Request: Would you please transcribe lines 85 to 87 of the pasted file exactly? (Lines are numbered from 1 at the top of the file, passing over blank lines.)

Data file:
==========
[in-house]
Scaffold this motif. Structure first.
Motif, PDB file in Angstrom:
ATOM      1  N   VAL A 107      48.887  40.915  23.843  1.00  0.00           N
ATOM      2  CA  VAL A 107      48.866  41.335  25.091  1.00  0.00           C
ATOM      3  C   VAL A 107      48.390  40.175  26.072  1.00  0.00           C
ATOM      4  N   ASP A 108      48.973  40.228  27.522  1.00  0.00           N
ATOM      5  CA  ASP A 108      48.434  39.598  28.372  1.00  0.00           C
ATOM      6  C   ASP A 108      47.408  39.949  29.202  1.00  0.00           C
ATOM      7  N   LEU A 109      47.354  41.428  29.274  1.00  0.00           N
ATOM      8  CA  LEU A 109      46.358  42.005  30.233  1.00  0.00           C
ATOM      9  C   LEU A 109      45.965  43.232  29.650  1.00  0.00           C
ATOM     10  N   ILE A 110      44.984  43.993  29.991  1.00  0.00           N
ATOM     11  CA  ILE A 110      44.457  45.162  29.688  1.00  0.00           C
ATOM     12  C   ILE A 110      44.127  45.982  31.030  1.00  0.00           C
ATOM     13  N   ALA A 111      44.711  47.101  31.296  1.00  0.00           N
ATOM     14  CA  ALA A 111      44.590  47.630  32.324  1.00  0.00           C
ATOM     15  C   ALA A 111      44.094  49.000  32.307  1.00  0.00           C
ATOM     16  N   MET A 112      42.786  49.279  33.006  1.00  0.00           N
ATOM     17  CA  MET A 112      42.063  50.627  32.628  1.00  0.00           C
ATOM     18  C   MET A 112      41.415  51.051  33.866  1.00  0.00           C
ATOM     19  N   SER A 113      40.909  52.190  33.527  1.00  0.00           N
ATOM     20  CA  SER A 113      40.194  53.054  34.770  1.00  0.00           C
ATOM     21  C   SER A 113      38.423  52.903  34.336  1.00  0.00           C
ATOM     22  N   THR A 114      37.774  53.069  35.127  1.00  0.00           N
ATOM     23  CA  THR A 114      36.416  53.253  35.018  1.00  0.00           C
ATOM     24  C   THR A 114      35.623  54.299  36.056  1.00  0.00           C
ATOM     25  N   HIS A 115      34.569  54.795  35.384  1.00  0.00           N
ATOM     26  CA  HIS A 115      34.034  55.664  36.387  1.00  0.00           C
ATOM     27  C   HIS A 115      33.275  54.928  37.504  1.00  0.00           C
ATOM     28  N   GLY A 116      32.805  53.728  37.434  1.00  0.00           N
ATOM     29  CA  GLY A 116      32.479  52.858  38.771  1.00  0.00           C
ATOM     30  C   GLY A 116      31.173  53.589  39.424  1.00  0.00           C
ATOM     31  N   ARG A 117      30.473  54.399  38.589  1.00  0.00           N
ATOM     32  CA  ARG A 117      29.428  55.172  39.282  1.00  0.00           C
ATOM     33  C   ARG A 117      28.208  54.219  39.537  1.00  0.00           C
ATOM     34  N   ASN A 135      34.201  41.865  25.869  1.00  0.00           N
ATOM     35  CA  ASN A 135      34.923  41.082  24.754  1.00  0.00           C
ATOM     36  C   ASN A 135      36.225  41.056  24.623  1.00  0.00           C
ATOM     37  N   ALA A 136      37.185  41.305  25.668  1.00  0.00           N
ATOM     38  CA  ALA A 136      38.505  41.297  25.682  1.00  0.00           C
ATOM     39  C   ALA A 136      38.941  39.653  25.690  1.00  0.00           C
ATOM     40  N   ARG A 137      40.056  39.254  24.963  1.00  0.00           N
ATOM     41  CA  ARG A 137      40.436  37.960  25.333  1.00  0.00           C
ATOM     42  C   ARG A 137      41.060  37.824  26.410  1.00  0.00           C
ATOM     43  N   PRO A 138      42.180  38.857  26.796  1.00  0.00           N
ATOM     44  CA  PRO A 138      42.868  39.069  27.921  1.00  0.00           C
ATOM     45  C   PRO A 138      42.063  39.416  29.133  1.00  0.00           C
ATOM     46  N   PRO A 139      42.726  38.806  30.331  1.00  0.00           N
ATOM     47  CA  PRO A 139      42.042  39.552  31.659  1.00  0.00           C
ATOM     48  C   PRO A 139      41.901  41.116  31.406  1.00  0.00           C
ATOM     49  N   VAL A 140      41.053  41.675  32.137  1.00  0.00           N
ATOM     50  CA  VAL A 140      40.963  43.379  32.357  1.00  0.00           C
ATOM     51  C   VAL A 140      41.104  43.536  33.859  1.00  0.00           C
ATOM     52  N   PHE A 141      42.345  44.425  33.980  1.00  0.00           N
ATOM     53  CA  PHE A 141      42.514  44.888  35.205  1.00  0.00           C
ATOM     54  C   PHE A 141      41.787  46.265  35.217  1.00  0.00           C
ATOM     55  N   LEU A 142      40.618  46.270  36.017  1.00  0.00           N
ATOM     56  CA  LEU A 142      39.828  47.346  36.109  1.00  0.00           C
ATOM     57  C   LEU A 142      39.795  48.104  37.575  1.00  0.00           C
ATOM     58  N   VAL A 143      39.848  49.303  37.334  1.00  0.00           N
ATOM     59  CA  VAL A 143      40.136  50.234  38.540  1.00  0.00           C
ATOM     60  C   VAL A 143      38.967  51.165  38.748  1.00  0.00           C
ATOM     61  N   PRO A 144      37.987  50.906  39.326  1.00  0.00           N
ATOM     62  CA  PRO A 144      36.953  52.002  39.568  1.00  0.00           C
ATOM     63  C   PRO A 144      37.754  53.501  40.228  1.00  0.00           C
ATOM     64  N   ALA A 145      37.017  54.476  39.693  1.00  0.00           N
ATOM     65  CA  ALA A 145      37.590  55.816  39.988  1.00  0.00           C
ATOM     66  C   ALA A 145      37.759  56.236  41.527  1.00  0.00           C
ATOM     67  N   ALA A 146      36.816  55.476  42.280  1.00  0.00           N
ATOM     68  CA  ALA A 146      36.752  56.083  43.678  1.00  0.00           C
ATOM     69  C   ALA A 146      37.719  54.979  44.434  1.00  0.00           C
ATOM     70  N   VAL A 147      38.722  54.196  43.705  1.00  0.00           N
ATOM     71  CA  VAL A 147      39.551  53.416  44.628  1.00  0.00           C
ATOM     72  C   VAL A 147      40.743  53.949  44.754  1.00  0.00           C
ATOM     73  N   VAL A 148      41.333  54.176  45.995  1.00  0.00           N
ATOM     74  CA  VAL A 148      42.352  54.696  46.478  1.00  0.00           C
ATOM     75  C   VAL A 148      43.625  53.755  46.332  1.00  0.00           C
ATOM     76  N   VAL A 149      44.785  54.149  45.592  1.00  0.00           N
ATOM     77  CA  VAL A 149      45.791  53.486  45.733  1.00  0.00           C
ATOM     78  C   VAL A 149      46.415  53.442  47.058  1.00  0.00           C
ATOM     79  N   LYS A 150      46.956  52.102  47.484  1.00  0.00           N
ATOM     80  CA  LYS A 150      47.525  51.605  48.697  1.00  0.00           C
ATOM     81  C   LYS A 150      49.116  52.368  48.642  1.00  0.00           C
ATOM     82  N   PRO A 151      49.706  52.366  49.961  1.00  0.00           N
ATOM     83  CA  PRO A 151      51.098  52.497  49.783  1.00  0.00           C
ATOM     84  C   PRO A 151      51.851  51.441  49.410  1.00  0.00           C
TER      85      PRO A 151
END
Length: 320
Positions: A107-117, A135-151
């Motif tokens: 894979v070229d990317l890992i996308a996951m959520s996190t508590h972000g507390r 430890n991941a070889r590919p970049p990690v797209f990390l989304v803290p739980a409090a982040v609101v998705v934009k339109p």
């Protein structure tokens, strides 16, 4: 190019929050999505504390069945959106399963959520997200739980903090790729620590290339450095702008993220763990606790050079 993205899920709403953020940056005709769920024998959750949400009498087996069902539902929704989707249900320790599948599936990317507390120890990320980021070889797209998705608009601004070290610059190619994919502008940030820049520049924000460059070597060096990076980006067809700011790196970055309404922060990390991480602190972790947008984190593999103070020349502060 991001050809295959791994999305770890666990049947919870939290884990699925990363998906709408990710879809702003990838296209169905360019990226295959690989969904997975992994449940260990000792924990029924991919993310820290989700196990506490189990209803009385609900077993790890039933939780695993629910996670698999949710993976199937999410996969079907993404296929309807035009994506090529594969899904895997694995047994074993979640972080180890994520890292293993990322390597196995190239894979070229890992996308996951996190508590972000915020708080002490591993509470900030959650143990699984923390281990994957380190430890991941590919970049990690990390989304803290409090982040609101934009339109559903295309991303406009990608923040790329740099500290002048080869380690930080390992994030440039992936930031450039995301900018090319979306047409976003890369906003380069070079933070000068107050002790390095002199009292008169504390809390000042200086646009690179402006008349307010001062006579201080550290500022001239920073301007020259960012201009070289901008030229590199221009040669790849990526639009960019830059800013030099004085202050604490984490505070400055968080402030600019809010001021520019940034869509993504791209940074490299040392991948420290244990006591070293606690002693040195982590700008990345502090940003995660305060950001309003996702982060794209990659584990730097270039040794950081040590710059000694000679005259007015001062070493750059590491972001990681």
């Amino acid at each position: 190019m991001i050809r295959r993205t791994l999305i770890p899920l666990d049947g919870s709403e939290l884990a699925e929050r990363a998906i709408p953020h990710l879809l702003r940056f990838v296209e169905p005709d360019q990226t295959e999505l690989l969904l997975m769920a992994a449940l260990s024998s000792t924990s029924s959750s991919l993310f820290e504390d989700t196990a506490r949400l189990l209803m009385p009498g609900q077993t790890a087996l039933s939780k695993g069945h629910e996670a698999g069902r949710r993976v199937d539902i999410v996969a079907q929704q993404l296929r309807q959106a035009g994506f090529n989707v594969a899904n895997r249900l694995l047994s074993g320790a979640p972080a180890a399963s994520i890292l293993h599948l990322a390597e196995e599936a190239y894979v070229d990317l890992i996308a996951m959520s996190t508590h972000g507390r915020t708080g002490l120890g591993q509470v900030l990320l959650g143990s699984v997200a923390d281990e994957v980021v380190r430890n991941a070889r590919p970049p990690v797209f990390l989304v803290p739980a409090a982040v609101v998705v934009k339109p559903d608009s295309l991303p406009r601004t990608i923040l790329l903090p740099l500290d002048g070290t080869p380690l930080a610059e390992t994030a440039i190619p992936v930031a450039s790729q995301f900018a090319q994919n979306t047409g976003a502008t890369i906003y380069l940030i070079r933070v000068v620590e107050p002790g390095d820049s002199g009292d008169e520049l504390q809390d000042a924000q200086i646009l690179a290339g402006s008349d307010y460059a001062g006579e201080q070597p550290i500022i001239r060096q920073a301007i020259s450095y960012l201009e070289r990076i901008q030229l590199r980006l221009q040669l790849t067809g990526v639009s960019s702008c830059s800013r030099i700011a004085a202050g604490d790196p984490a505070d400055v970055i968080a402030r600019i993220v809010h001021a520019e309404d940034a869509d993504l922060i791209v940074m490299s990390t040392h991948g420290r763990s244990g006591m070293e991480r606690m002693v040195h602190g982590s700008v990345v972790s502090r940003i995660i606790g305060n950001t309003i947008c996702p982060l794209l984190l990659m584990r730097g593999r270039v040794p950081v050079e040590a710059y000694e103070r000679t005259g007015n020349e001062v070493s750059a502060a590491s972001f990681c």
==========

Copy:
ATOM     82  N   PRO A 151      49.706  52.366  49.961  1.00  0.00           N
ATOM     83  CA  PRO A 151      51.098  52.497  49.783  1.00  0.00           C
ATOM     84  C   PRO A 151      51.851  51.441  49.410  1.00  0.00           C